Mamercus' mind instantly flashed back to the conversation he had earlier about the so-called Jesus threat. Clearly, this "Jesus" had to be the same Jesus that he had been warned about. He wasn't sure how seriously he should take the report at the time but obviously the intelligence reports were true. Jesus was in fact on his way to Jerusalem (again, not all that surprising given the occasion) but the response of the crowd surprised him just a little. His pulse quickened just slightly and almost without thinking he reached for his sword to make sure it was in place should he need it.
But, almost as quickly, he relaxed… Entering the gate at that moment was a lone figure riding on the back of a donkey. A rather haphazard looking line of followers straggled in behind him, some mounted others trailing behind on foot. This was the total opposite of the crisp military formation that he had been part of this morning and, frankly, Mamercus thought the display looked a little pathetic. He couldn't understand why everyone was getting so worked up? The man certainly didn't look like a king; he looked more like a common peasant.
Some of the people in the crowd started spreading their cloaks before him on the road; others spread palm branches along the road; still others tried to run up and touch Jesus and his entourage. Mamercus noted that if anyone had tried that this morning they would have been summarily killed, but this Jesus character didn't seem to mind mixing with the crowd.
Someone standing nearby shouted: "Hosanna!"—which means, "Lord save us!" Others repeated the accolade.
"With what," Mamercus chuckled to himself, "His charm and good looks?" He hardly thought this guy could save himself in a fight, much less anyone else, and certainly not a whole "nation" of people. He certainly didn't fit the profile of a military hero. Where was his armor? Where was his sword? What weapons would he fight with if it came down to it?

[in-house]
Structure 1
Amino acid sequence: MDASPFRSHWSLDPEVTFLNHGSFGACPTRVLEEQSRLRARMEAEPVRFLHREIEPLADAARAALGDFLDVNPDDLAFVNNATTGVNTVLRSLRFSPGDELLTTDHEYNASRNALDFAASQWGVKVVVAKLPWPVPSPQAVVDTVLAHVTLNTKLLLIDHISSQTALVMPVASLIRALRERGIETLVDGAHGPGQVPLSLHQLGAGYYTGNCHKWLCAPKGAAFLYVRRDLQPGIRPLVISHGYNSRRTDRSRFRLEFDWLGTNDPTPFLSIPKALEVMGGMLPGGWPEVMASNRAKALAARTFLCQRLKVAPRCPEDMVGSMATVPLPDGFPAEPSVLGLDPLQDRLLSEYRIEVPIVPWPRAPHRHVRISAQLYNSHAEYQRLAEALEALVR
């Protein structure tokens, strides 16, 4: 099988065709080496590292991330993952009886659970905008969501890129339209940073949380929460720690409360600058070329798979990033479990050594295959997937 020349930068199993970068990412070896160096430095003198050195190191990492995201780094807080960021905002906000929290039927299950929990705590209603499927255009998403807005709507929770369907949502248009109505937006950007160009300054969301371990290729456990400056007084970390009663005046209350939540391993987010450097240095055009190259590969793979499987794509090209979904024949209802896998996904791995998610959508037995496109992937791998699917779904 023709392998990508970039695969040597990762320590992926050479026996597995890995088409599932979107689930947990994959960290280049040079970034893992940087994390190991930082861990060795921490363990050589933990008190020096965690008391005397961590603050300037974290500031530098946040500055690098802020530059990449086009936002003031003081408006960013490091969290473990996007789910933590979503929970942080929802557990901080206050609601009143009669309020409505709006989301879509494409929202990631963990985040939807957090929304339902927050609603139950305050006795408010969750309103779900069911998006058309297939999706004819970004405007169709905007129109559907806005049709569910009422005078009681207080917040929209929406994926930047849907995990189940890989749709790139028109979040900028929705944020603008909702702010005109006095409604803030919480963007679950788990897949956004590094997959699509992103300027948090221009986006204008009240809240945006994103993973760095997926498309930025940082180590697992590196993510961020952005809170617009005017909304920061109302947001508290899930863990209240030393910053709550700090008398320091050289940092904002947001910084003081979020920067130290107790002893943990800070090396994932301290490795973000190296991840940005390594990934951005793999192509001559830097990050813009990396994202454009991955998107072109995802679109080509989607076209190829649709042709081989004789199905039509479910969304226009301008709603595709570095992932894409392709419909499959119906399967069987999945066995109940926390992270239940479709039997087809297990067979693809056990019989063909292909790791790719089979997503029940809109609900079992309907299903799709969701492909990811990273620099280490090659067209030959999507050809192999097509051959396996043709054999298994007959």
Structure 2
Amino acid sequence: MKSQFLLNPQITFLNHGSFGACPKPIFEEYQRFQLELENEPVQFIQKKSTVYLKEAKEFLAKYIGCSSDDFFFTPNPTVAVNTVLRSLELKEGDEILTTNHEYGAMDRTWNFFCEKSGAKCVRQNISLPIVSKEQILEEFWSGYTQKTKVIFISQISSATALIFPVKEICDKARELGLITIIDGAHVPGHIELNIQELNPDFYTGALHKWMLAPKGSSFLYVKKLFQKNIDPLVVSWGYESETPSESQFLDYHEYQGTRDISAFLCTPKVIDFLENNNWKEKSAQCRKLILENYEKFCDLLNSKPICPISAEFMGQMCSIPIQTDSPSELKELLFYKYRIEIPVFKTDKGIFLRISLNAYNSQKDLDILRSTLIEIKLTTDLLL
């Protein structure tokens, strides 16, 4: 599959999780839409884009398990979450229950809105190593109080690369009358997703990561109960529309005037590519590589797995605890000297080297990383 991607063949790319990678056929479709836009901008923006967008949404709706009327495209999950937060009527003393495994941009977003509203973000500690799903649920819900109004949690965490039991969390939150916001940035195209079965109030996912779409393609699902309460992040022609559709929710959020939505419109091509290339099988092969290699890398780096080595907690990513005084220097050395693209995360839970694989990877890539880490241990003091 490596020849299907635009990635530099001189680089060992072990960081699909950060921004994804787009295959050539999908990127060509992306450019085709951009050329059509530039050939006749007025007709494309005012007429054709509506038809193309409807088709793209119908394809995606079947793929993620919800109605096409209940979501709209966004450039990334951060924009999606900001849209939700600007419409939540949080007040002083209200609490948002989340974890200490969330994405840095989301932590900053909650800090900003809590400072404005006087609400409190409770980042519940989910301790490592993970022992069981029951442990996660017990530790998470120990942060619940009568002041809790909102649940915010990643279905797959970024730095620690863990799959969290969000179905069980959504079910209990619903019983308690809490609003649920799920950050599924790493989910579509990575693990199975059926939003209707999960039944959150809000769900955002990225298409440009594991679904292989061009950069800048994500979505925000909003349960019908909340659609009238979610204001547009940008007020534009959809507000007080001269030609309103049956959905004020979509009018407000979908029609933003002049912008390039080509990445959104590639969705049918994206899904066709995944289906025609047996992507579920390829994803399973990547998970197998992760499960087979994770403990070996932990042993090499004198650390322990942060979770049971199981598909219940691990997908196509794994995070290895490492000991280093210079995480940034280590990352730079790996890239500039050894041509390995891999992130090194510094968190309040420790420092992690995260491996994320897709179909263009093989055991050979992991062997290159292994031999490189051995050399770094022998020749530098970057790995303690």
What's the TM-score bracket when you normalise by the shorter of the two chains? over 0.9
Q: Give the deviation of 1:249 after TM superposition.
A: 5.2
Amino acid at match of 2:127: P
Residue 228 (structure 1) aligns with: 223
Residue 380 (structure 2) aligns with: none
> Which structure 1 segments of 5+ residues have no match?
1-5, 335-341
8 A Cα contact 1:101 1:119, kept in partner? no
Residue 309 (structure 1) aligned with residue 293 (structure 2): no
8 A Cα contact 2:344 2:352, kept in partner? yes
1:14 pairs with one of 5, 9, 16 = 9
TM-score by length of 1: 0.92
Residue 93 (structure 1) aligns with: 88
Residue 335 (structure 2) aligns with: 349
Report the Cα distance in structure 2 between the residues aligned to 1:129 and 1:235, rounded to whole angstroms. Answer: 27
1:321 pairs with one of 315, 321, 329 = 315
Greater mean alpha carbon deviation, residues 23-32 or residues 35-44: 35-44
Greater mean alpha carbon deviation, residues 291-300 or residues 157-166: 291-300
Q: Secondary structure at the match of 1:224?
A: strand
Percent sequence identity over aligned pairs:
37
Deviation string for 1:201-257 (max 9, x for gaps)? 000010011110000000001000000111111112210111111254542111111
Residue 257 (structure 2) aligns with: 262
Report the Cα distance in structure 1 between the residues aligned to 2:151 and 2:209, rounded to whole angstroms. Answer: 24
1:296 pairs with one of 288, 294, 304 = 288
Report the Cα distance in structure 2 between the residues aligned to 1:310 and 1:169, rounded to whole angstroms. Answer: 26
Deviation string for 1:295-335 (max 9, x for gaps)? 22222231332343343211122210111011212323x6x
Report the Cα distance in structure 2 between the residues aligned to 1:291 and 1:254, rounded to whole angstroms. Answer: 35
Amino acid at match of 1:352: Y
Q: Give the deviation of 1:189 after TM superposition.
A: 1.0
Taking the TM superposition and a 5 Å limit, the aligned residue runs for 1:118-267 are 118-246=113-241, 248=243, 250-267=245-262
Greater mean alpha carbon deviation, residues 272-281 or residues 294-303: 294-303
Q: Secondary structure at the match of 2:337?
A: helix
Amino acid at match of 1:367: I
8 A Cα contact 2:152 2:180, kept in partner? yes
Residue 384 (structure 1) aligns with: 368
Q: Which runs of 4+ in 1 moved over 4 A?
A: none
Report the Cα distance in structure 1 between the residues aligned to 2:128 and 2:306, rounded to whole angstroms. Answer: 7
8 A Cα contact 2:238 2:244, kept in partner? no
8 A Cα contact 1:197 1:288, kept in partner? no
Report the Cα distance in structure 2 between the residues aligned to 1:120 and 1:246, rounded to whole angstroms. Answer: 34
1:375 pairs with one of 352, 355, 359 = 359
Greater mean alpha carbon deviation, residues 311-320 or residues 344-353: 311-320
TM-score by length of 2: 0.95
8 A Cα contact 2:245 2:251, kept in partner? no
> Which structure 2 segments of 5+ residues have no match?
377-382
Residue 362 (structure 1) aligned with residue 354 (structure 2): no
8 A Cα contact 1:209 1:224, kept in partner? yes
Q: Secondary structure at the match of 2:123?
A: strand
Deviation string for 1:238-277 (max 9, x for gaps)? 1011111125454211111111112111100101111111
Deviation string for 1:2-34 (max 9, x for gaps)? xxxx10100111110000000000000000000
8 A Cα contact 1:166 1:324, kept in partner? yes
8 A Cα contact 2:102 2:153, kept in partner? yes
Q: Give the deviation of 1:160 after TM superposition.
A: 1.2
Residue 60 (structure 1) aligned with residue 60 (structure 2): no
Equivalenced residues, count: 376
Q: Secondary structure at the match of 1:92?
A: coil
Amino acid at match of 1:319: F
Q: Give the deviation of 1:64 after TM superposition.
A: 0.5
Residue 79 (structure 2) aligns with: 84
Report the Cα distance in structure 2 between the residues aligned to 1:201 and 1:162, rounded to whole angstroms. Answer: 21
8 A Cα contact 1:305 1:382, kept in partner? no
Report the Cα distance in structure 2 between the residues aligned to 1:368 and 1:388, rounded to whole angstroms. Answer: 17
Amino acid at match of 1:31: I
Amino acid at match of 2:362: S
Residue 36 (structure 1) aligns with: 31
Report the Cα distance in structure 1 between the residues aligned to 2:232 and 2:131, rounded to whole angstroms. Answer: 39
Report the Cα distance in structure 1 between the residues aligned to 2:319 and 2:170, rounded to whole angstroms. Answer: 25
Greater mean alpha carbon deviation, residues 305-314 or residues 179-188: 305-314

One of the white-robed-clerics Mamercus had seen earlier was standing nearby and said: "Behold Israel. As the scriptures foretold, your king comes to you riding on a donkey!"
Mamercus was a bit confused. Standing in the midst of this mass of humanity erupting in spontaneous celebration, cheering and waving their branches, he suddenly felt a little out of place. At least for a brief moment, he wished he was back at the palace. He sensed an almost palpable excitement seemingly growing by the moment among the Jewish people gathered in the Court of the Gentiles, as they cheered the arrival of this relatively unknown Nazarene. Mamercus found himself thinking again, "Who in the world is this guy and why is this nobody causing such an uproar?"
Maybe Pilate’s concerns were not totally off base. It is clear that this crowd seems desperate to have someone, anyone, to believe in. His earlier thoughts not withstanding, even this brief encounter gave Mamercus the distinct sense that this man did in fact possess a certain charisma. For some unknown reason, the Jewish people seem to want to follow Jesus and put their hopes and dreams for the future in him. And while he doesn’t seem to come seeking their accolades, he is not exactly discouraging what they say either… which is troubling. Some of what they are saying could be construed as blasphemy against Caesar.
Mamercus would definitely need to find out more about this Jesus of Nazareth and reassess the threat he posed to Rome. He would also need to alert the primus pilus of these new developments. If the Jews did break out into a full-scale revolt, it could quickly spread into the countryside, and other groups might follow suit. Mamercus was not about to let that happen if he could help it.
Check it out.